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Xerox Celebrates 75 Years of Xerography

Friday, October 18, 2013

Press release from the issuing company

NORWALK, Conn. – Written in a bold hand on a glass slide was the date and location: 10-22-38 Astoria. The copy might have been fuzzy, but it was still a copy. In fact, it was the world’s first xerographic copy.

This year marks the 75th anniversary of the first xerographic image, created by Chester Carlson in a rented second story room in Queens, N.Y. This humble invention would eventually lead to the formation of the Xerox Corporation (NYSE: XRX) and the birth of an industry. Even today, this xerographic process is still at the heart of most officeprinters and copiers around the world. 

Trained as a physicist and lawyer, Carlson was a serial inventor. He kept notebooks full of a wide array of inventions including a rotating billboard, raincoat with gutters and a shoe cleaning machine.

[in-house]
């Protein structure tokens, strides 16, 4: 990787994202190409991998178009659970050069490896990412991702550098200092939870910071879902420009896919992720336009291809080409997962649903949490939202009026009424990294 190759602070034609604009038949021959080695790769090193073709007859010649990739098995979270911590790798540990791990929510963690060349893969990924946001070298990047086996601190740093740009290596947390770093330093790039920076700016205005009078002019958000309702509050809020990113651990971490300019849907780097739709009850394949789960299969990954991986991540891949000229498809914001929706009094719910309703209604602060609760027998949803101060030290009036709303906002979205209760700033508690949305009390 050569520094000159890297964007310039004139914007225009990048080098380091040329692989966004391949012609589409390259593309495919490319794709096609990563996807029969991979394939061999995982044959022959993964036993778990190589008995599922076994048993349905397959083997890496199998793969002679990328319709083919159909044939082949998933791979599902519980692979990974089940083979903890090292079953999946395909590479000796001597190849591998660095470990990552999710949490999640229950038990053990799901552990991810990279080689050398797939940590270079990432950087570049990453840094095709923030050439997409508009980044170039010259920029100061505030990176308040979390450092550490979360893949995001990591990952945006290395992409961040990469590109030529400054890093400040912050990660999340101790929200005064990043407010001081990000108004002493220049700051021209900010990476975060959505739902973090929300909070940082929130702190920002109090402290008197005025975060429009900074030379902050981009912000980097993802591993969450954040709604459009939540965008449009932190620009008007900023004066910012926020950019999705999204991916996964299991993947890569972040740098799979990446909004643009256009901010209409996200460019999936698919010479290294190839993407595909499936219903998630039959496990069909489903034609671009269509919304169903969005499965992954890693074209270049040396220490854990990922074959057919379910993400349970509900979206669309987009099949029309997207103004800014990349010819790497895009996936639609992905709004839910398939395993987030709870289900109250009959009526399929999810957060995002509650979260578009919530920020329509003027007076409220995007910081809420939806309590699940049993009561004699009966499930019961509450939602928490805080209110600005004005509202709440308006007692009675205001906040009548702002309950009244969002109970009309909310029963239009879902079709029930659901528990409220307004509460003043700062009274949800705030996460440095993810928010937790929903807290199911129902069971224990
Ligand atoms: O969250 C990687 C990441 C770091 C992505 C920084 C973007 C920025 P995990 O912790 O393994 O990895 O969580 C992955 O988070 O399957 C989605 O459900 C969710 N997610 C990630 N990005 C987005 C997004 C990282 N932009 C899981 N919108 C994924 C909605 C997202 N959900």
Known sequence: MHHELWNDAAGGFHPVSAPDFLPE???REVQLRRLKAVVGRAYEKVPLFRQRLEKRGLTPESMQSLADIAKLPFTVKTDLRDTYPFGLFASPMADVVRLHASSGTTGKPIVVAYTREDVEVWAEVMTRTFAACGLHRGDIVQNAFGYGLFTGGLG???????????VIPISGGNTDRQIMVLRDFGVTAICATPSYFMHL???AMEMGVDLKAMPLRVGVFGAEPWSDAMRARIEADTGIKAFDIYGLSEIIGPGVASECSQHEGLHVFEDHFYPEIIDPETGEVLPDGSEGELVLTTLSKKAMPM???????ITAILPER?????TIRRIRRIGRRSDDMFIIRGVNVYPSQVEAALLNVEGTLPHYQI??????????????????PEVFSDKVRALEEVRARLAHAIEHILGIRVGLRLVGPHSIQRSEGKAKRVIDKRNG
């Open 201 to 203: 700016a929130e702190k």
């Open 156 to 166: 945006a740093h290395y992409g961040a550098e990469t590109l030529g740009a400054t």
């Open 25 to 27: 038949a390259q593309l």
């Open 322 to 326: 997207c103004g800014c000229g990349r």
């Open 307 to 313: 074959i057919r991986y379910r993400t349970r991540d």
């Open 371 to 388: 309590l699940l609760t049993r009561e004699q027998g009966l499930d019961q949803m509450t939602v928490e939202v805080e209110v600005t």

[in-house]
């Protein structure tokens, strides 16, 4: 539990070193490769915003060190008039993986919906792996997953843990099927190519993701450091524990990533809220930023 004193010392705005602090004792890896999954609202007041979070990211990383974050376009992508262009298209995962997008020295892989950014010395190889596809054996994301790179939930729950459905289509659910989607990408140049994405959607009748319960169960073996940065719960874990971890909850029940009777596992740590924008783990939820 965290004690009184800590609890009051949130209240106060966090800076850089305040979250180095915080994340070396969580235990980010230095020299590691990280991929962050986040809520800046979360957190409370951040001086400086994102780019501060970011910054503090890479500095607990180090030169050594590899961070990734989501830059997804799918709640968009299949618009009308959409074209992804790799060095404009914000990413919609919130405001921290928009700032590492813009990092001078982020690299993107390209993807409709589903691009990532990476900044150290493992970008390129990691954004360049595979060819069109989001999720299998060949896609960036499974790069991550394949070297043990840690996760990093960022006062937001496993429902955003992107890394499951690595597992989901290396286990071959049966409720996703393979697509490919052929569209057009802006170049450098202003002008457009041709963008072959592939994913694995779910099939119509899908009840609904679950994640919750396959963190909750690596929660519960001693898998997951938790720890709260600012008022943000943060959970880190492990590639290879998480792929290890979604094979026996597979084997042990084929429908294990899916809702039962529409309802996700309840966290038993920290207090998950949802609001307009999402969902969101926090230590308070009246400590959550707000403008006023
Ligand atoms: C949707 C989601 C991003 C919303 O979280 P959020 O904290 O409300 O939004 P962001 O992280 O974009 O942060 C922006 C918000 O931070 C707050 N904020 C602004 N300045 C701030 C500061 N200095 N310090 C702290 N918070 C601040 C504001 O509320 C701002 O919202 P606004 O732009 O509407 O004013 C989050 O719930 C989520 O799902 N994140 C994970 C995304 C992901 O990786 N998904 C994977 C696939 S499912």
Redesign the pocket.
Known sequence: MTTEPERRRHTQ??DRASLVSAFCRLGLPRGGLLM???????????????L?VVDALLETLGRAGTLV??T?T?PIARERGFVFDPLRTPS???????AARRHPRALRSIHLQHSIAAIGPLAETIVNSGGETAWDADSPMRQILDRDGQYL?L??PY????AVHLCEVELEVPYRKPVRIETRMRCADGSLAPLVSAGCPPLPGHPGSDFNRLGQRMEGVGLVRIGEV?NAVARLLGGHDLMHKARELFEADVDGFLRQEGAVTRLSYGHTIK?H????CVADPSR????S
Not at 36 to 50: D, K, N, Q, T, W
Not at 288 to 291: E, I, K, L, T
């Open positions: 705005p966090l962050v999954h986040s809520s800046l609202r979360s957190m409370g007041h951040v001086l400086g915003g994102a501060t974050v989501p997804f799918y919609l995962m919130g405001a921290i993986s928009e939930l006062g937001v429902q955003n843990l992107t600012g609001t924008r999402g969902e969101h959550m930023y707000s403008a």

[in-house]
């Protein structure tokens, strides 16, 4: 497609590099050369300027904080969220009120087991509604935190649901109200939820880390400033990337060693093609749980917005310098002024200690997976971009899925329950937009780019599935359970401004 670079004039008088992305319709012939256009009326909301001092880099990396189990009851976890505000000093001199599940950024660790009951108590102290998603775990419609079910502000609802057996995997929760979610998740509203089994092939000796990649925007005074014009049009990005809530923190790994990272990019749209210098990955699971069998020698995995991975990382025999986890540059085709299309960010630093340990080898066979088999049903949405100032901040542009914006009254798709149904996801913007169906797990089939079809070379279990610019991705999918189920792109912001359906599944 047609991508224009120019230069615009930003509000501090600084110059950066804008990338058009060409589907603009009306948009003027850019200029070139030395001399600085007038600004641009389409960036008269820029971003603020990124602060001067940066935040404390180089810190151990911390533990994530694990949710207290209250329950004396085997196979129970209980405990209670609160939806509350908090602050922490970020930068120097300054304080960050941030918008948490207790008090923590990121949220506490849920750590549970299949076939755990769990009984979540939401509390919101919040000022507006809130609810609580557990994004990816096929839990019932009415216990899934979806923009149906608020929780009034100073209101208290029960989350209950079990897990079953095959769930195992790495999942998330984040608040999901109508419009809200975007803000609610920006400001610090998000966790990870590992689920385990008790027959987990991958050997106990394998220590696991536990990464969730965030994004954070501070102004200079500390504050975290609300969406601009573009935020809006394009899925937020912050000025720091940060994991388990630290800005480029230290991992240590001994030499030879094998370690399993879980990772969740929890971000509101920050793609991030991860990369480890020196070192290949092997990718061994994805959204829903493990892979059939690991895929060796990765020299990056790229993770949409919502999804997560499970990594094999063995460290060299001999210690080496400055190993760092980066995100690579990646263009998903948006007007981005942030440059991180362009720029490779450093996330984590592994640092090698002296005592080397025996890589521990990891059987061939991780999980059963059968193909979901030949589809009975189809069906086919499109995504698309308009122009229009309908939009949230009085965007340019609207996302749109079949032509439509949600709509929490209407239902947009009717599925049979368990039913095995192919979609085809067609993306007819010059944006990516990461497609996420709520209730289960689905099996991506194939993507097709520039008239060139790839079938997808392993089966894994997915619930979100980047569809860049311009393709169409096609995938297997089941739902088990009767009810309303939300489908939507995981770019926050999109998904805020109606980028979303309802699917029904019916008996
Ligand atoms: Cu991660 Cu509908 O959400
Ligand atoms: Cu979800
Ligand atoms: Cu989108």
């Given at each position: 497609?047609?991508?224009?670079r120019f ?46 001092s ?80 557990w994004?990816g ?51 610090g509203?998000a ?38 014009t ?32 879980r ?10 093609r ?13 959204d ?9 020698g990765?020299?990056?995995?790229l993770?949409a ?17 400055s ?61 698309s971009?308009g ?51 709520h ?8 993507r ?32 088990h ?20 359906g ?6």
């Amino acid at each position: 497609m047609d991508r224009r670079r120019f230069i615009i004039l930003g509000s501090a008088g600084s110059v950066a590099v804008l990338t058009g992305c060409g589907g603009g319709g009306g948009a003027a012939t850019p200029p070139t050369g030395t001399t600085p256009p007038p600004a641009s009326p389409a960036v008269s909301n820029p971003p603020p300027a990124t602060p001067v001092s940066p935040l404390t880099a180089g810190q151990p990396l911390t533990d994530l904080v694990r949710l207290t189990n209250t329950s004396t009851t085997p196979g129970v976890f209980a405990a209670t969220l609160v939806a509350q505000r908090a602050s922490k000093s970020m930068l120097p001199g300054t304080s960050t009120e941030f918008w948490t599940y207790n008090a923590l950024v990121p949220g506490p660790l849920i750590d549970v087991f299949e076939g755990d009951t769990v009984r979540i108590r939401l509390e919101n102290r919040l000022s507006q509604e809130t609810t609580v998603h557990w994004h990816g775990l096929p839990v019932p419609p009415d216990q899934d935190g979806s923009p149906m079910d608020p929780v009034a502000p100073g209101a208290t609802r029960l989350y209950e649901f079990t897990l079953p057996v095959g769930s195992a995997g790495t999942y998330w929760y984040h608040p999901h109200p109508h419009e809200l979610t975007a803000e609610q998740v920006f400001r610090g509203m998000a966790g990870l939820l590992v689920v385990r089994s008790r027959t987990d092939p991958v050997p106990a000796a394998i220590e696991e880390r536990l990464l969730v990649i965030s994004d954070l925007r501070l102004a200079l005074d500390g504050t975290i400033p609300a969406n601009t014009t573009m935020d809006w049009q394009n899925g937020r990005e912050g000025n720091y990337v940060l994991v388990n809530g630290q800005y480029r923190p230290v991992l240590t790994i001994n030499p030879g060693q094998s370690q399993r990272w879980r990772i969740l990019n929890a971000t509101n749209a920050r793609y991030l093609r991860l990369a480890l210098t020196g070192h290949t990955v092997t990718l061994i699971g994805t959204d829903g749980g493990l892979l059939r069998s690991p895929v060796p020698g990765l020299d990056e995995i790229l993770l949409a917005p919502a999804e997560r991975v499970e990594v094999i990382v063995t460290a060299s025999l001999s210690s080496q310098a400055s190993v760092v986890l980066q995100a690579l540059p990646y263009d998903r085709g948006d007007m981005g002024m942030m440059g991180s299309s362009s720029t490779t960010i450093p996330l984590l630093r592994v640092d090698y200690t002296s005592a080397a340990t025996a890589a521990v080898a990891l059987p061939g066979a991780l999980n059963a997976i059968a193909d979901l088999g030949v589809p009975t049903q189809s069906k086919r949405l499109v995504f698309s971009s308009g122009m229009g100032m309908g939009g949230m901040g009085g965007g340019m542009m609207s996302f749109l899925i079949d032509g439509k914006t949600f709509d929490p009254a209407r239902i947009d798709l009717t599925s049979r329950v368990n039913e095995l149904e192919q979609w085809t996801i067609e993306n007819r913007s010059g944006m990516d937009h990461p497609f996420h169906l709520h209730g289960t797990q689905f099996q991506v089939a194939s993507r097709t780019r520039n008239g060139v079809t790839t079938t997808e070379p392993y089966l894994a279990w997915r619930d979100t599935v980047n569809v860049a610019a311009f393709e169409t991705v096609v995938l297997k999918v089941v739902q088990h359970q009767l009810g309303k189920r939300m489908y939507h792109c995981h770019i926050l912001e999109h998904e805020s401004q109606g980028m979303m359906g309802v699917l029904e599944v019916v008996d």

In honor of his inquisitive nature and his remarkable invention, that truly changed how business has been conducted for decades, this October Xerox is kicking off a celebration of innovation and its role in the company’s history and future. Over the next year, Xerox people will be engaged in a series of activities celebrating and imagining the future through the company intranet, webchats and social media.

“Now is the time when many companies would look back, and we certainly will, but only for a moment. The real focus of our celebration will be the future and how Xerox will continue to simplify how work gets done,” said Ursula Burns, Xerox CEO and chairman of the board. “That’s why the theme of our anniversary year is ‘The Next 75.’”

Carlson’s vision at the time of his Astoria experiment was “to make office workers a little more productive and office work a little simpler and less tedious.”  

Xerox has changed greatly in size and scope since this time, but the basic principles have remained the same. From printers and copiers to transportation, education, and even healthcare the company’s team of engineers, scientists and researchers are continuing to invent in ways that make work, and life, a little simpler.


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